Get all your news in one place.
100’s of premium titles.
One app.
Start reading
Evening Standard
Evening Standard
Nick Purewal

How Nick ‘Snap’ Evans will help England’s attack crackle and pop in the Six Nations

Nick Evans

(Picture: Getty Images)

Nick “Snap” Evans would have been a physio had rugby not worked out – but now it is his job to make England’s attack crackle and pop.

Some 15 years after his first big “broad-minded” rugby decision, the Harlequins coach will orchestrate England’s attacking gameplan in the Guinness Six Nations.

Evans ended his All Blacks career on 15 caps in 2008 for a new challenge at The Stoop, seeking more than understudying Dan Carter.

The Auckland-born fly-half came to rugby late at university, but has now been tipped as a future Test head coach.

His original fishing-based “Snapper” nickname has been abbreviated in his time becoming a fixture at Quins, but Evans is anything but part of the west London furniture.

The 42-year-old has been drafted into Steve Borthwick’s new England coaching set-up, leaving his old Harlequins boss John Kingston to hail a character as driven as he is humble.

“Nick replaced Andrew Mehrtens at Harlequins and immediately offered the same kind of comfort blanket, with how he would lead the team and transcend the group,” Kingston tells Standard Sport.

“I’d say he probably has been the most influential overseas signing in the history of the Premiership. It’s not often a player you coach gives you that real wow factor, but I definitely thought that about the likes of Agustin Pichot, Scott Quinnell, Mehrtens, Brian Moore and Eric Elwood – and Nick.

“He couldn’t see himself getting ahead of Dan Carter and that was his primary reason for coming to the northern hemisphere, not for money or reputation. He was broad-minded enough to take on a different challenge.

“I brought him into Harlequins’ coaching panel in 2017 because of his incredible rugby brain. Your half-backs run the team on matchdays, and we’d already seen the influence Nick could have on a group.

“I have no doubts at all that Nick will be an international head coach at some point in future, absolutely no doubts at all.”

Borthwick will launch his new England era in Saturday’s Six Nations opener against Scotland at Twickenham.

Evans is officially on loan to England from Quins for the tournament, but a crisp, incisive Six Nations attack will doubtless have Borthwick looking at longer-term options.

Nick is a very cheery, amiable man... but he can be unbelievably hard on himself.

Nine years and a record 2,249 Harlequins points between 2008 and 2017 preceded Evans’ off-field switch at The Stoop, with the pinpoint goal-kicker having coached at Wimbledon during his playing days.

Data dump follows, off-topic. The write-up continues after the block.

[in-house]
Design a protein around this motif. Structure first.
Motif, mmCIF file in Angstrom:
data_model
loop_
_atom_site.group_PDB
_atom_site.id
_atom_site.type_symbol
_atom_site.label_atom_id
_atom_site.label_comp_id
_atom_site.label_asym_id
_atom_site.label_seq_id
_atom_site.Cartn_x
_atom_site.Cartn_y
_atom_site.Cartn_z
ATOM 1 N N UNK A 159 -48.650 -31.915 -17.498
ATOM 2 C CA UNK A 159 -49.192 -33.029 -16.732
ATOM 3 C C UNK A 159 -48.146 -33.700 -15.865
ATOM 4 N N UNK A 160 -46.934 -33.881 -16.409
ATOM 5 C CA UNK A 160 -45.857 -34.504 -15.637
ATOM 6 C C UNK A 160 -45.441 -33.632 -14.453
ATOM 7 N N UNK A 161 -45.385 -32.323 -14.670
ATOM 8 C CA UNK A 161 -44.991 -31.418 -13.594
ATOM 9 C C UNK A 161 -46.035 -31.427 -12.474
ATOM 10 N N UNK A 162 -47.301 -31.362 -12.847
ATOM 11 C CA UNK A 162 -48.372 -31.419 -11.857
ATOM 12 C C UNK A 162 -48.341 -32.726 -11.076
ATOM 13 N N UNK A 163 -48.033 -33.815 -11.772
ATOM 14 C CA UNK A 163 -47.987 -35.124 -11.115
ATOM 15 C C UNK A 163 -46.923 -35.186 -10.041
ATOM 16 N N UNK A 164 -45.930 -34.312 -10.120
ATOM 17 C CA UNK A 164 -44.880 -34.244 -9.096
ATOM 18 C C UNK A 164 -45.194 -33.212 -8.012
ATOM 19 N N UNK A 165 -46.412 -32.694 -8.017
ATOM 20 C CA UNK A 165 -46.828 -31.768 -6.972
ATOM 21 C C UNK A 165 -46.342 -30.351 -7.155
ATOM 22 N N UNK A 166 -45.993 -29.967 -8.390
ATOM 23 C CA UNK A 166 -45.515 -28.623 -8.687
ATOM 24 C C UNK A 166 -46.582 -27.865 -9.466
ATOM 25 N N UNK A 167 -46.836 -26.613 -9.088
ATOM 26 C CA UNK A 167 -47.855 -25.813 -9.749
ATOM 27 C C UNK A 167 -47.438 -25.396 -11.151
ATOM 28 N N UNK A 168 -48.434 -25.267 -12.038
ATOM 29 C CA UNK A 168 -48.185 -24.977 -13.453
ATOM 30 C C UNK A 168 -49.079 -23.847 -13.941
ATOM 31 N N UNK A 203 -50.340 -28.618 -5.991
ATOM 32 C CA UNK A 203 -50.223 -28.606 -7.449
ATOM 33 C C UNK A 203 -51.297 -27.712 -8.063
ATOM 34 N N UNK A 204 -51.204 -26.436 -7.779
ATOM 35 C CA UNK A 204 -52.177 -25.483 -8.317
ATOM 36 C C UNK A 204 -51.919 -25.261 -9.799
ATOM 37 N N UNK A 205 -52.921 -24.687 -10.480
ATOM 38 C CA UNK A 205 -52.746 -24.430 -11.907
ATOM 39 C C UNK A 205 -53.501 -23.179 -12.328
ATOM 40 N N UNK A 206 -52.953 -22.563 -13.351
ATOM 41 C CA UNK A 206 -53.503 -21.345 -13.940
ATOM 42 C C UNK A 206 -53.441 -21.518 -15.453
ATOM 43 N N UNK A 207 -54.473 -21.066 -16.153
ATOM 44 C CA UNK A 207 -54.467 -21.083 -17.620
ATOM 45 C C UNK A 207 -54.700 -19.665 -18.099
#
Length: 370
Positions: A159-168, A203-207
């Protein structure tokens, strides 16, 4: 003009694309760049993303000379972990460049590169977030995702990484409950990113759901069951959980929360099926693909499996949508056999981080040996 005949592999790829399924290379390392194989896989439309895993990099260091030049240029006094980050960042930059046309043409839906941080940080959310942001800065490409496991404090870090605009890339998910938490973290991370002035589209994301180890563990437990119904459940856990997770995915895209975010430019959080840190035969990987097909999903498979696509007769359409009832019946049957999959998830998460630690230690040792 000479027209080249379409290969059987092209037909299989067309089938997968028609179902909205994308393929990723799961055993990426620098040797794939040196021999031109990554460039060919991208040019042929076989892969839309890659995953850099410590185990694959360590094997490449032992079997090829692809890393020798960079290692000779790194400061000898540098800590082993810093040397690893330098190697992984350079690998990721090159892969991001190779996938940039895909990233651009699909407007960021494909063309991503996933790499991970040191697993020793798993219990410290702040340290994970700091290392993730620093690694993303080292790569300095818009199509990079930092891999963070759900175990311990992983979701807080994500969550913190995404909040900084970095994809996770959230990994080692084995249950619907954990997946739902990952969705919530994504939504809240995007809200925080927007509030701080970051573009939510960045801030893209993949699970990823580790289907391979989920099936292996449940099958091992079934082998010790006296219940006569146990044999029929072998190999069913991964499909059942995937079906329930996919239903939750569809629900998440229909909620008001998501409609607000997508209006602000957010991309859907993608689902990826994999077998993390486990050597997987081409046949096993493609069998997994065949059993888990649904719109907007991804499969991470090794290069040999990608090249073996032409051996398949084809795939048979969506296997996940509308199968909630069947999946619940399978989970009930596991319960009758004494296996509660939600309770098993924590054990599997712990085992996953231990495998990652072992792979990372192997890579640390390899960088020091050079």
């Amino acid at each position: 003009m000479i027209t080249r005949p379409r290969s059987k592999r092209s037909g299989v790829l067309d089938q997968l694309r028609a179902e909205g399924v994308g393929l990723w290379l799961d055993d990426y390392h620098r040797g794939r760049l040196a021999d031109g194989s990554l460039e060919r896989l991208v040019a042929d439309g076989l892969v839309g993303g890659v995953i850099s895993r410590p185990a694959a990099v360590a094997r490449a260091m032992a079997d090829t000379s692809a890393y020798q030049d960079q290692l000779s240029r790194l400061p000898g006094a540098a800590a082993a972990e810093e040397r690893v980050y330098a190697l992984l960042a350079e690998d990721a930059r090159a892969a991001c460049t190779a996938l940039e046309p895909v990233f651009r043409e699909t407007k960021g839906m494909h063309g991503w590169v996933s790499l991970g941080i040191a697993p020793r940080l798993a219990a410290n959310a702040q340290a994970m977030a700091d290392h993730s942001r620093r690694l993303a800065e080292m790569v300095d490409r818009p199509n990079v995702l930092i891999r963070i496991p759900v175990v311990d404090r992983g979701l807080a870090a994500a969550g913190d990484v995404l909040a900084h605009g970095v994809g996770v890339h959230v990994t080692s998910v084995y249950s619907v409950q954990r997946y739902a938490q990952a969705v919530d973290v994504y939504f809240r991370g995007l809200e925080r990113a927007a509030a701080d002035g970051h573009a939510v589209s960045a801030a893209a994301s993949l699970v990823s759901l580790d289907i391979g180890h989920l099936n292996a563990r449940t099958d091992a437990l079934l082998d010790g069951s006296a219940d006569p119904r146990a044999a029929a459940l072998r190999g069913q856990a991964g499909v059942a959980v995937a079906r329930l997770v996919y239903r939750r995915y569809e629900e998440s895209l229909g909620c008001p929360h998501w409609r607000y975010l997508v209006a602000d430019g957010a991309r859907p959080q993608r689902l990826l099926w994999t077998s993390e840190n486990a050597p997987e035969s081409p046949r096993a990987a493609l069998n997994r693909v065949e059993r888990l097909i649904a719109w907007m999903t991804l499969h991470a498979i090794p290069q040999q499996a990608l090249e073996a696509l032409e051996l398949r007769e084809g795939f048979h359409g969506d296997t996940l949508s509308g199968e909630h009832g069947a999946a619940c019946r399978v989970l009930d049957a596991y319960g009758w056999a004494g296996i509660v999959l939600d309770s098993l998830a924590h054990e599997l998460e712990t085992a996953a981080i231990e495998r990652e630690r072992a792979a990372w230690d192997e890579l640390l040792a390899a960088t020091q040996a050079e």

Kingston led Quins to the 2012 Premiership title in 17 stellar years at the club, that took in all of Evans’ playing career and his coaching transition.

“Outwardly Nick is a very cheery, amiable man with a sunny personality,” adds Kingston. “But he can be unbelievably hard on himself, and he’s all about taking responsibility and control.

“The way he balances those two elements shows that he’s a total gentleman. It’s fascinating that Steve Borthwick has chosen to bring in someone in Nick that he hasn’t worked with before. He has Kevin Sinfield that he’s comfortable with having worked with him for a time now.

“But then you have Nick, who will probably look to want to unlock things slightly differently. I would say good on him for that. It will take the coaching and it will take England out of any possible comfort zone.

Steve Borthwick (Getty Images)

“Steve’s a very humble man who puts loyalty right at the front of things that matter to him, and that will fit very well with Nick.

“Players are always better when they know coaches have their backs and look after them as people. You have to get to know the people to get the best out of them, and I’ve got no doubts Nick Evans will get the best out of them.”

Evans himself never had designs on a coaching career, but was hooked the moment he walked into Wimbledon RFC to double up with his then playing day job at Quins.

“It wasn’t as though as a player coaching was exactly what I wanted to do,” said Evans. “When the opportunity to coach at Quins came up, I thought I’d dip my feet in and see.

“And I loved it. I loved going to Wimbledon on a Tuesday and Thursday, it reminded me of how I got into the game – people from all different walks of life and all they wanted to do was kick the stuffing out of each other! I’d be stood there saying ‘What, you want more?!’.

“Even at that level, the man-management side, who needs the arm round the shoulder, who needs a rocket, I really started to enjoy that. And it’s just grown from there.”

Sign up to read this article
Read news from 100’s of titles, curated specifically for you.
Already a member? Sign in here
Related Stories
Top stories on inkl right now
One subscription that gives you access to news from hundreds of sites
Already a member? Sign in here
Our Picks
Fourteen days free
Download the app
One app. One membership.
100+ trusted global sources.